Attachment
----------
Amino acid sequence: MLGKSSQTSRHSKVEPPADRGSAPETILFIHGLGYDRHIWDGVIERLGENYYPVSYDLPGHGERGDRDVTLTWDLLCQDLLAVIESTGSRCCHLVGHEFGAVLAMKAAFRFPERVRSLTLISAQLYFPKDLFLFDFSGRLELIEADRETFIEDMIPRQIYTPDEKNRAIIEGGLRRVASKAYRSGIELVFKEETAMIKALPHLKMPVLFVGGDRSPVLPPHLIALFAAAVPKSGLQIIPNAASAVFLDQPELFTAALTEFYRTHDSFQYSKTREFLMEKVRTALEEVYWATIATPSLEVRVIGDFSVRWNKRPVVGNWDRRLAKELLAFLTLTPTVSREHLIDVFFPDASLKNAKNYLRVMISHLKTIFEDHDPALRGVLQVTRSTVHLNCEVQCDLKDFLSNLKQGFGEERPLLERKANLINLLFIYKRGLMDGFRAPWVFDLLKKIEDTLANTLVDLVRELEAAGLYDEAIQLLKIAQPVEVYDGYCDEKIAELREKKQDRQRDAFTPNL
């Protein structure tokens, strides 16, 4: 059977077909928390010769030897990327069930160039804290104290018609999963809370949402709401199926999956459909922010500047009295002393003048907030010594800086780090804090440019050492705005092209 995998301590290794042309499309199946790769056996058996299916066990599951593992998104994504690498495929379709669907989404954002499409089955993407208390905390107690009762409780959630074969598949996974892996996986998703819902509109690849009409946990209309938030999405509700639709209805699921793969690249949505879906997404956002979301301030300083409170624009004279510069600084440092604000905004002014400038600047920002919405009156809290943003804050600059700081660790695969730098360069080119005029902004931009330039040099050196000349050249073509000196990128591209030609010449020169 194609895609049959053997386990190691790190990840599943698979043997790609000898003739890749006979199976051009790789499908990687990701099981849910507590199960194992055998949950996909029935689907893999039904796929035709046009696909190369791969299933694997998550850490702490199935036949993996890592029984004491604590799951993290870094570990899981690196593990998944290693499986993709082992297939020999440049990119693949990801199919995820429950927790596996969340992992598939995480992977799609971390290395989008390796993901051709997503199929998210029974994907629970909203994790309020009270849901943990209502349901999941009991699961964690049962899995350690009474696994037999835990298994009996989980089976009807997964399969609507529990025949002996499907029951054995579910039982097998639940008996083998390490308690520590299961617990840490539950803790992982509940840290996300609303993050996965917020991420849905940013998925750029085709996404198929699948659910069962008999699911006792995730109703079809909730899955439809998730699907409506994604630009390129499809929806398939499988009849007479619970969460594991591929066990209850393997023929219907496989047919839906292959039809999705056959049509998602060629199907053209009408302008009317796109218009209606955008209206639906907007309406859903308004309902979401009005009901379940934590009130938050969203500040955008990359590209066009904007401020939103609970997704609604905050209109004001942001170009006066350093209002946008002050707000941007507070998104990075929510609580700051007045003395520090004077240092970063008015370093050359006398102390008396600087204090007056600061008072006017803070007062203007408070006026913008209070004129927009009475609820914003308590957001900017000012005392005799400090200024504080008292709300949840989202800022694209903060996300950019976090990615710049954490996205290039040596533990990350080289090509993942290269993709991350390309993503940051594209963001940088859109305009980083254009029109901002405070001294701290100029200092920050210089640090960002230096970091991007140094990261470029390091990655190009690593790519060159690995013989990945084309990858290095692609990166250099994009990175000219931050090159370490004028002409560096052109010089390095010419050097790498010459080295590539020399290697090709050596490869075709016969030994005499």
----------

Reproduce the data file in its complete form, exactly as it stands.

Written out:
Amino acid sequence: MLGKSSQTSRHSKVEPPADRGSAPETILFIHGLGYDRHIWDGVIERLGENYYPVSYDLPGHGERGDRDVTLTWDLLCQDLLAVIESTGSRCCHLVGHEFGAVLAMKAAFRFPERVRSLTLISAQLYFPKDLFLFDFSGRLELIEADRETFIEDMIPRQIYTPDEKNRAIIEGGLRRVASKAYRSGIELVFKEETAMIKALPHLKMPVLFVGGDRSPVLPPHLIALFAAAVPKSGLQIIPNAASAVFLDQPELFTAALTEFYRTHDSFQYSKTREFLMEKVRTALEEVYWATIATPSLEVRVIGDFSVRWNKRPVVGNWDRRLAKELLAFLTLTPTVSREHLIDVFFPDASLKNAKNYLRVMISHLKTIFEDHDPALRGVLQVTRSTVHLNCEVQCDLKDFLSNLKQGFGEERPLLERKANLINLLFIYKRGLMDGFRAPWVFDLLKKIEDTLANTLVDLVRELEAAGLYDEAIQLLKIAQPVEVYDGYCDEKIAELREKKQDRQRDAFTPNL
């Protein structure tokens, strides 16, 4: 059977077909928390010769030897990327069930160039804290104290018609999963809370949402709401199926999956459909922010500047009295002393003048907030010594800086780090804090440019050492705005092209 995998301590290794042309499309199946790769056996058996299916066990599951593992998104994504690498495929379709669907989404954002499409089955993407208390905390107690009762409780959630074969598949996974892996996986998703819902509109690849009409946990209309938030999405509700639709209805699921793969690249949505879906997404956002979301301030300083409170624009004279510069600084440092604000905004002014400038600047920002919405009156809290943003804050600059700081660790695969730098360069080119005029902004931009330039040099050196000349050249073509000196990128591209030609010449020169 194609895609049959053997386990190691790190990840599943698979043997790609000898003739890749006979199976051009790789499908990687990701099981849910507590199960194992055998949950996909029935689907893999039904796929035709046009696909190369791969299933694997998550850490702490199935036949993996890592029984004491604590799951993290870094570990899981690196593990998944290693499986993709082992297939020999440049990119693949990801199919995820429950927790596996969340992992598939995480992977799609971390290395989008390796993901051709997503199929998210029974994907629970909203994790309020009270849901943990209502349901999941009991699961964690049962899995350690009474696994037999835990298994009996989980089976009807997964399969609507529990025949002996499907029951054995579910039982097998639940008996083998390490308690520590299961617990840490539950803790992982509940840290996300609303993050996965917020991420849905940013998925750029085709996404198929699948659910069962008999699911006792995730109703079809909730899955439809998730699907409506994604630009390129499809929806398939499988009849007479619970969460594991591929066990209850393997023929219907496989047919839906292959039809999705056959049509998602060629199907053209009408302008009317796109218009209606955008209206639906907007309406859903308004309902979401009005009901379940934590009130938050969203500040955008990359590209066009904007401020939103609970997704609604905050209109004001942001170009006066350093209002946008002050707000941007507070998104990075929510609580700051007045003395520090004077240092970063008015370093050359006398102390008396600087204090007056600061008072006017803070007062203007408070006026913008209070004129927009009475609820914003308590957001900017000012005392005799400090200024504080008292709300949840989202800022694209903060996300950019976090990615710049954490996205290039040596533990990350080289090509993942290269993709991350390309993503940051594209963001940088859109305009980083254009029109901002405070001294701290100029200092920050210089640090960002230096970091991007140094990261470029390091990655190009690593790519060159690995013989990945084309990858290095692609990166250099994009990175000219931050090159370490004028002409560096052109010089390095010419050097790498010459080295590539020399290697090709050596490869075709016969030994005499």